As Slate's "Pundit Central" points out, the consensus view of the commentariat is that President Clinton is to be blamed for selling burial rights at Arlington Cemetery to campaign contributors--even though it turns out he never did it--because it's just the sort of thing he might have done. Or not quite: There's a perception, well founded or otherwise, that this is the sort of thing he might do.
Here is an important new development in the Washington press corps' perceptions game. Often in the past, when chasing some alleged miscreant, the press has brushed aside the question of what exactly is wrong with the explanation that the situation creates the perception of impropriety. We thereby avoid the tiresome issue of whether anything improper actually has occurred. (The trick works both ways: Actual miscreants confess to having created an appearance of impropriety, thus sidestepping the little matter of impropriety itself.) Since the press itself largely creates the perception with its coverage, justifying the coverage on the basis of the perception is a convenient form of circular reasoning.
Never before, though (to our knowledge), has a public figure been found guilty of committing a perception when the perception is demonstrably untrue. Until now there had to be at least a possibility that the perception of impropriety might some day molt into hard evidence of actual impropriety. In this case, that possibility doesn't exist. Undoubtedly there are folks who will continue to insist, against all evidence, that Clinton sold entry to Arlington. But those who take the isn't-this-just-typical line are doing so precisely because, although they think it's typical, they accept that it isn't true. Apparently that doesn't matter anymore--as long as it's typical, or arguably typical. So boo to Clinton, no need to apologize, and no need to worry about being the conduit for any faintly plausible bit of poison his critics may be dispensing.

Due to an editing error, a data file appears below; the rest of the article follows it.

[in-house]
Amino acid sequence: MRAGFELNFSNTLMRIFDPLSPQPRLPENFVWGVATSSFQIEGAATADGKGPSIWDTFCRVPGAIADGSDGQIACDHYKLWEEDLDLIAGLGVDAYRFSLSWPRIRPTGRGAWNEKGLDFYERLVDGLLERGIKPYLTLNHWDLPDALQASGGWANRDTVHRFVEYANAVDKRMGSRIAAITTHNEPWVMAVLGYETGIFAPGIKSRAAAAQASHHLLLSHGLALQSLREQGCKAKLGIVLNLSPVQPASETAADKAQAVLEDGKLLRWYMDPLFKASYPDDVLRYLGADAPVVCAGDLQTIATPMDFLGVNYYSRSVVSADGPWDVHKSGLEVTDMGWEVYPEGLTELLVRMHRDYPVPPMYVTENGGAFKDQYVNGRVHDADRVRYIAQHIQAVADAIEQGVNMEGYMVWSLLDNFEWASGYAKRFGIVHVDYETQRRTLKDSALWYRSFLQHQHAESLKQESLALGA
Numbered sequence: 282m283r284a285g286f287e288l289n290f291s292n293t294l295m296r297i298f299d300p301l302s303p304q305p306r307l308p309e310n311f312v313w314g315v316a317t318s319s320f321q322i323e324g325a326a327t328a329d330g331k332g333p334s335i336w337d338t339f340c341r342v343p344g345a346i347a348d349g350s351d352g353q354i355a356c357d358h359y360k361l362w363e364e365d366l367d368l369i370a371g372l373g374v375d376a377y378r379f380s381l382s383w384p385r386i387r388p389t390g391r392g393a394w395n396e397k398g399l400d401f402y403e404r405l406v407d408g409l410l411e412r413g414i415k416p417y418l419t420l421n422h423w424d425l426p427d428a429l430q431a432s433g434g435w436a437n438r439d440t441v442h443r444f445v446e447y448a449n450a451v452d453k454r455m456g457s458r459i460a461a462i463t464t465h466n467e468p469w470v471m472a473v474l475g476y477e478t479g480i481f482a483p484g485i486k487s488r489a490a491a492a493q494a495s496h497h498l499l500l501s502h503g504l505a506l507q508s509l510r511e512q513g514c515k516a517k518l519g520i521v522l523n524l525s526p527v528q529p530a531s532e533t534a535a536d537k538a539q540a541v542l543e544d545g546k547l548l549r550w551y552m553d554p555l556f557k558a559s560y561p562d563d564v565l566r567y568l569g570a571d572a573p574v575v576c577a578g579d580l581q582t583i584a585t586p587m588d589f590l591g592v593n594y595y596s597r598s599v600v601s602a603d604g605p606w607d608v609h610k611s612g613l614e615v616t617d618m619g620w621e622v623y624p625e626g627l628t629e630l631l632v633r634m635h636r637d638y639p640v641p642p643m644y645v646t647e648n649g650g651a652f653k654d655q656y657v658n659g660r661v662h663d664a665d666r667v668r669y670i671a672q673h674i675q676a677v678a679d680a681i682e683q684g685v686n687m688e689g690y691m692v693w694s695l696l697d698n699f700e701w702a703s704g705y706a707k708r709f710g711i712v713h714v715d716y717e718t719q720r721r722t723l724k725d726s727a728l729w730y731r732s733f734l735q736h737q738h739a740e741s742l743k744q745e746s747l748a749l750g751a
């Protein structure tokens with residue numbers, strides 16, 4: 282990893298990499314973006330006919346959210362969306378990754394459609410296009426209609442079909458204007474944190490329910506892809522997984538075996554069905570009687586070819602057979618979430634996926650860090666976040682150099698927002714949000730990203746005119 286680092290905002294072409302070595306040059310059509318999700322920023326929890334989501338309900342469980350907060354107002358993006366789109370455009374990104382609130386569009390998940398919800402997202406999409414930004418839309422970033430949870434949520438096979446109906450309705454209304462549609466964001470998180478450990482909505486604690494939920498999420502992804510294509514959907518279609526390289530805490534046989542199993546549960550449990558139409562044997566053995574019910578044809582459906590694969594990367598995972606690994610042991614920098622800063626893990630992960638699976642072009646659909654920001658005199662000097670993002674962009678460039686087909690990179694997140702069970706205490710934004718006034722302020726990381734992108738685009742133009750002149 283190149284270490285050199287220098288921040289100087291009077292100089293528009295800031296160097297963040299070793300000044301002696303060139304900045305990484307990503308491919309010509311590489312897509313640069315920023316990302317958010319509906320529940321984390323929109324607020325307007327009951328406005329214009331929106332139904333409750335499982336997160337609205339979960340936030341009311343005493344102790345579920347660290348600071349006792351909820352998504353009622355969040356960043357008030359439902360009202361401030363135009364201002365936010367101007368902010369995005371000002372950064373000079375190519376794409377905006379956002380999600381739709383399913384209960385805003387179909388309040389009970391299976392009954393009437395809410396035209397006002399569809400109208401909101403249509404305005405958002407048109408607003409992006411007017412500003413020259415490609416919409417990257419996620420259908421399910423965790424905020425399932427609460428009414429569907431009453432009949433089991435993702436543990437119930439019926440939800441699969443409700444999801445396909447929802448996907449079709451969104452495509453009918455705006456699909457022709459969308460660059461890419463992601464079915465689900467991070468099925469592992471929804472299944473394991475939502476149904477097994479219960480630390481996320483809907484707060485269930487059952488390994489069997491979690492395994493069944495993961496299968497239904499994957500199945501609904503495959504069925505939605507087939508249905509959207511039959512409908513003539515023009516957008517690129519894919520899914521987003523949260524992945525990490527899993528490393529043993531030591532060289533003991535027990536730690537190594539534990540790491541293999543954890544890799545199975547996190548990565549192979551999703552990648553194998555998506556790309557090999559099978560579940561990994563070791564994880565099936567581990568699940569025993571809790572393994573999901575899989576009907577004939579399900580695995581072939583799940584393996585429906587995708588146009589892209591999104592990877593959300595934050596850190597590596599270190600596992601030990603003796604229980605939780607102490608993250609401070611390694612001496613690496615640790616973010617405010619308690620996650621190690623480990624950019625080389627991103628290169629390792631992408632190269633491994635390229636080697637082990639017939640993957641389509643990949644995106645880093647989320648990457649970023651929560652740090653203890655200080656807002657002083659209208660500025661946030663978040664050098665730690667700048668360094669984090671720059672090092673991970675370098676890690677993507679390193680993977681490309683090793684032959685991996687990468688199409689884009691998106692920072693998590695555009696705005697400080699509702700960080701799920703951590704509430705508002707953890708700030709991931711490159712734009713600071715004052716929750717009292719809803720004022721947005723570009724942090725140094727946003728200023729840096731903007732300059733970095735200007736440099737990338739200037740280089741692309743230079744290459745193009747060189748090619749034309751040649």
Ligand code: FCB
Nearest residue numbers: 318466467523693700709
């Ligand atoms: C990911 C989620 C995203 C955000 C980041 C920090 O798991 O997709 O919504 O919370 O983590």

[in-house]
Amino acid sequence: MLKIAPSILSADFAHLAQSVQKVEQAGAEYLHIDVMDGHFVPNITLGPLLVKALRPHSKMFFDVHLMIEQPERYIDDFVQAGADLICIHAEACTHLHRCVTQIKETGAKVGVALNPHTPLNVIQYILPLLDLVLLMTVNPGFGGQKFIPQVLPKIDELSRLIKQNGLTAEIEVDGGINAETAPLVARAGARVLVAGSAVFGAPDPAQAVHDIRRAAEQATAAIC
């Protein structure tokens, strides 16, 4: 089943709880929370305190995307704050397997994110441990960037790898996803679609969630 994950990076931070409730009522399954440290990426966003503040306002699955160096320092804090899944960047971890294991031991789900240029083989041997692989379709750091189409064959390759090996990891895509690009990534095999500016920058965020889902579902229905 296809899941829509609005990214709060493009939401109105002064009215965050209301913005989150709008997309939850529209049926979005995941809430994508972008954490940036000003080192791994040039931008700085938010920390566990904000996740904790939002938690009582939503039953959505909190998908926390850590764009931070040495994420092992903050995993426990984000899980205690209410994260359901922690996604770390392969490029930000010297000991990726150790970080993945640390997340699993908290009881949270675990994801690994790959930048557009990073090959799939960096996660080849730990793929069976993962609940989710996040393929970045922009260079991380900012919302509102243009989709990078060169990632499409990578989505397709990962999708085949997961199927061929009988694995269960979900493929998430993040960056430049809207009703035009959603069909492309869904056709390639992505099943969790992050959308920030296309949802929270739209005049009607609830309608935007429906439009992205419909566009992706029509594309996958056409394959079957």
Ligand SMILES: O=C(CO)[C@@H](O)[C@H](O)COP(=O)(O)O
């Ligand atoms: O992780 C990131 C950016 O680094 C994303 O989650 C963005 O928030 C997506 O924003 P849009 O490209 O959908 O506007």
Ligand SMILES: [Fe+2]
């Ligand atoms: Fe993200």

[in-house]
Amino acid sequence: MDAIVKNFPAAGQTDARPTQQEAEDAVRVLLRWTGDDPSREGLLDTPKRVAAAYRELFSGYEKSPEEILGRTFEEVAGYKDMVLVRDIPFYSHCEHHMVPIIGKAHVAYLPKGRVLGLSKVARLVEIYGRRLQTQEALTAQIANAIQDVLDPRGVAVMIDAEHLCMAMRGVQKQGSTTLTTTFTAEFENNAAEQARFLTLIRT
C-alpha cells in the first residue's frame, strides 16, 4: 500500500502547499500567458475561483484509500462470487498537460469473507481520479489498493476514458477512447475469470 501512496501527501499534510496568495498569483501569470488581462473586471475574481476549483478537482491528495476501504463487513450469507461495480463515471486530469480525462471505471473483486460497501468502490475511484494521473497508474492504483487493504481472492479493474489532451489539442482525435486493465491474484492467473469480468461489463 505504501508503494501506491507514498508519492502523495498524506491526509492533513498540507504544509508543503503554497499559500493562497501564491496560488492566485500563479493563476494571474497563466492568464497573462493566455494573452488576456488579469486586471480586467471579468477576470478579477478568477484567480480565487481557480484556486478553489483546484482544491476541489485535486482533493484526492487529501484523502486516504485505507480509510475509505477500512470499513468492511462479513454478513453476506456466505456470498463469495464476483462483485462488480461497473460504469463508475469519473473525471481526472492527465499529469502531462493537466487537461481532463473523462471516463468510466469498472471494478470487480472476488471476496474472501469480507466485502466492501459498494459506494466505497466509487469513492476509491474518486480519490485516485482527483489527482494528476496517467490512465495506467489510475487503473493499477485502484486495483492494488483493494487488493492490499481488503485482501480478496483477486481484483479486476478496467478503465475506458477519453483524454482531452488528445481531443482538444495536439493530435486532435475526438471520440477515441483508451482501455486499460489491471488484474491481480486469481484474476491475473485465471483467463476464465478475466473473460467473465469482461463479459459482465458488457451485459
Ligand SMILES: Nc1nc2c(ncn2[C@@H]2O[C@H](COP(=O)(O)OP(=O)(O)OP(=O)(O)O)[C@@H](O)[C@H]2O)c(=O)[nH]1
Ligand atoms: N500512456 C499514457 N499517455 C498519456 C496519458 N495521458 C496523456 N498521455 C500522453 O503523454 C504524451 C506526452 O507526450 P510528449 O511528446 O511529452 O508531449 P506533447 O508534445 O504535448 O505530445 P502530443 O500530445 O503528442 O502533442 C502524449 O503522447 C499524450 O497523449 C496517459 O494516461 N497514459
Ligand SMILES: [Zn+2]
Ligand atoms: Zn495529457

Like all journalists, we at Slate have longed for the day when "might be true" is accepted as the standard for our trade. Never in our most idealistic moments did we dare hope for a standard of "might be true--even though it isn't." Like a starving man standing before the bounty of ... oh, say, the Microsoft cafeteria (check out the vegetable stir-fry), we hardly know where to begin (don't miss those Rice Krispies squares!).
Maybe Clinton sold the national monuments! (Q: Who is buried in Grant's Tomb? A: If you have to ask, you can't afford it.) Could be true. After all, it would be typical of someone who sold Arlington Cemetery plots, which, though he may not have done it, is nevertheless typical of the kind of guy who'd kill Vincent Foster, which he didn't do either--but that doesn't matter because he's the kind of guy who does the kind of thing that gets you accused of doing that kind of thing.
Maybe Newt Gingrich actually poisoned his first wife. After all, he divorced her on her deathbed--or something like that. We don't remember the details, exactly, but they certainly created the perception that he did something like that, and anyone who could be perceived to do something like that has created an atmosphere that makes possible the perception that he could do something worse. So he has no one to blame but himself.
Hey, this is going to be fun.
Turkey of All Time
Last week Time magazine reported some preliminary results from a poll it has been conducting on its Internet site about whom it should pick for its "Person of the Century." An impressive 5 million votes have been cast since the poll went up in June. But bizarrely, 1.7 million of those votes were for Kemal Atatürk. Atatürk was the founder of modern Turkey, which is no mean accomplishment (what have you done with your life?), but the Time folks understandably suspect ballot-stuffing.